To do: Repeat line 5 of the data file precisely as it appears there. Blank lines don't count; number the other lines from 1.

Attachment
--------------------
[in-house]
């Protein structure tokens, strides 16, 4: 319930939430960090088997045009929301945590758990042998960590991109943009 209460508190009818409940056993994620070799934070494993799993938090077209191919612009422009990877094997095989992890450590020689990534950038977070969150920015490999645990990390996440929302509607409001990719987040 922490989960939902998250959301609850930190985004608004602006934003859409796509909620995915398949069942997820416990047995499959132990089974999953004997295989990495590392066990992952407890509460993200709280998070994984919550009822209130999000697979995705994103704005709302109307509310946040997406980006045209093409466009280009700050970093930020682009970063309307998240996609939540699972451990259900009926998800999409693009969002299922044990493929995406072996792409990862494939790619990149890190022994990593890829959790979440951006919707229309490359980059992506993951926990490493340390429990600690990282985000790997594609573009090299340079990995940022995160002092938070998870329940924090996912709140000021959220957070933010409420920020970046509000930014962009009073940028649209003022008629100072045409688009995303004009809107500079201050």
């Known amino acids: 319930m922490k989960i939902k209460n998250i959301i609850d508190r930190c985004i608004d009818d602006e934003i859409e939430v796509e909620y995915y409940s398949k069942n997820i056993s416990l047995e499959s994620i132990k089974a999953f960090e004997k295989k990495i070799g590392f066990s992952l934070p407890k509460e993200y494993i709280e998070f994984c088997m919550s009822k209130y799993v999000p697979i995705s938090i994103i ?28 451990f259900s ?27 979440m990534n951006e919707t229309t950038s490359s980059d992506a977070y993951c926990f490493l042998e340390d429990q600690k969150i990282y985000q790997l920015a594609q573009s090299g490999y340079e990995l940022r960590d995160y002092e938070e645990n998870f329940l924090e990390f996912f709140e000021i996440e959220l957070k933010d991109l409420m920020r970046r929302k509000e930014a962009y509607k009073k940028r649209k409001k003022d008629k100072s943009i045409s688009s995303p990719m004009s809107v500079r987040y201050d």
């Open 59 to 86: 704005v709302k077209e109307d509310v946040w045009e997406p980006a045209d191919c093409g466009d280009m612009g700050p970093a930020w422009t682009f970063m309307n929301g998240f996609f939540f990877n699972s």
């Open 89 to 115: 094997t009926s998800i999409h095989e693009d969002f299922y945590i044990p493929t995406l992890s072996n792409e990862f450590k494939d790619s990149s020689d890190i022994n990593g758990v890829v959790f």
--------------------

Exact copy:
């Open 89 to 115: 094997t009926s998800i999409h095989e693009d969002f299922y945590i044990p493929t995406l992890s072996n792409e990862f450590k494939d790619s990149s020689d890190i022994n990593g758990v890829v959790f």